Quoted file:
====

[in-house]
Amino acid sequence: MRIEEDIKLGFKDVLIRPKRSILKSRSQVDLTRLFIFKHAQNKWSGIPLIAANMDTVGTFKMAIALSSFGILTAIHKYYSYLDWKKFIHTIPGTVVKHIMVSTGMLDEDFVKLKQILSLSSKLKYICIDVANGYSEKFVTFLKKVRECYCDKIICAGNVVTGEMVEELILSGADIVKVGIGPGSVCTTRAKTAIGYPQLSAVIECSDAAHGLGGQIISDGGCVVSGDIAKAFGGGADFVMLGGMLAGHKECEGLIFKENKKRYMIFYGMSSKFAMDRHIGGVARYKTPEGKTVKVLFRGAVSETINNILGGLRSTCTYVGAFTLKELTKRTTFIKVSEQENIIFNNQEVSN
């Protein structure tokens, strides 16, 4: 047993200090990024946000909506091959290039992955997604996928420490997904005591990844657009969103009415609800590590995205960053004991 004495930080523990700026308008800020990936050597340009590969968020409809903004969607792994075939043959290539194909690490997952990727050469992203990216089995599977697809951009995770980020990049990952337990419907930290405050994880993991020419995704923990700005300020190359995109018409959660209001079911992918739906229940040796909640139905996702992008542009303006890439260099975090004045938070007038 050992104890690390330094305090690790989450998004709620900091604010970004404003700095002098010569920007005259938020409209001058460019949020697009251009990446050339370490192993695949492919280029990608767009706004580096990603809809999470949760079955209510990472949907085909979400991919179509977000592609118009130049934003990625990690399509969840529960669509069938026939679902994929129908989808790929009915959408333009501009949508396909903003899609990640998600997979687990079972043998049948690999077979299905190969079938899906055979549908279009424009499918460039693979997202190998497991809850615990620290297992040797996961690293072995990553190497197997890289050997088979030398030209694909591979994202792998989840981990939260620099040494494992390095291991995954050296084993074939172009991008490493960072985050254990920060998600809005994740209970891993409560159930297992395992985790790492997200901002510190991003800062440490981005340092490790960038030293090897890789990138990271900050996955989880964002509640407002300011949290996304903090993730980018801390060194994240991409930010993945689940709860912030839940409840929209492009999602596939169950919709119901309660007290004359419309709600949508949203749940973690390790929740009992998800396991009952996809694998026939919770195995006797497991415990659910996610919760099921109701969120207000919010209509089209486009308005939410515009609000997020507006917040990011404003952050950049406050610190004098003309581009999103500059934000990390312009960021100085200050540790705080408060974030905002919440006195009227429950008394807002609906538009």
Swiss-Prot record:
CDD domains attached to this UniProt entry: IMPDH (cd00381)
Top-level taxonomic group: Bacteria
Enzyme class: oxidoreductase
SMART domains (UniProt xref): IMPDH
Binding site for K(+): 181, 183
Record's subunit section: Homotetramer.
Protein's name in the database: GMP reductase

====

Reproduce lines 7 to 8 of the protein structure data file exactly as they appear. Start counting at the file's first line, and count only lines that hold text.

Enzyme class: oxidoreductase
SMART domains (UniProt xref): IMPDH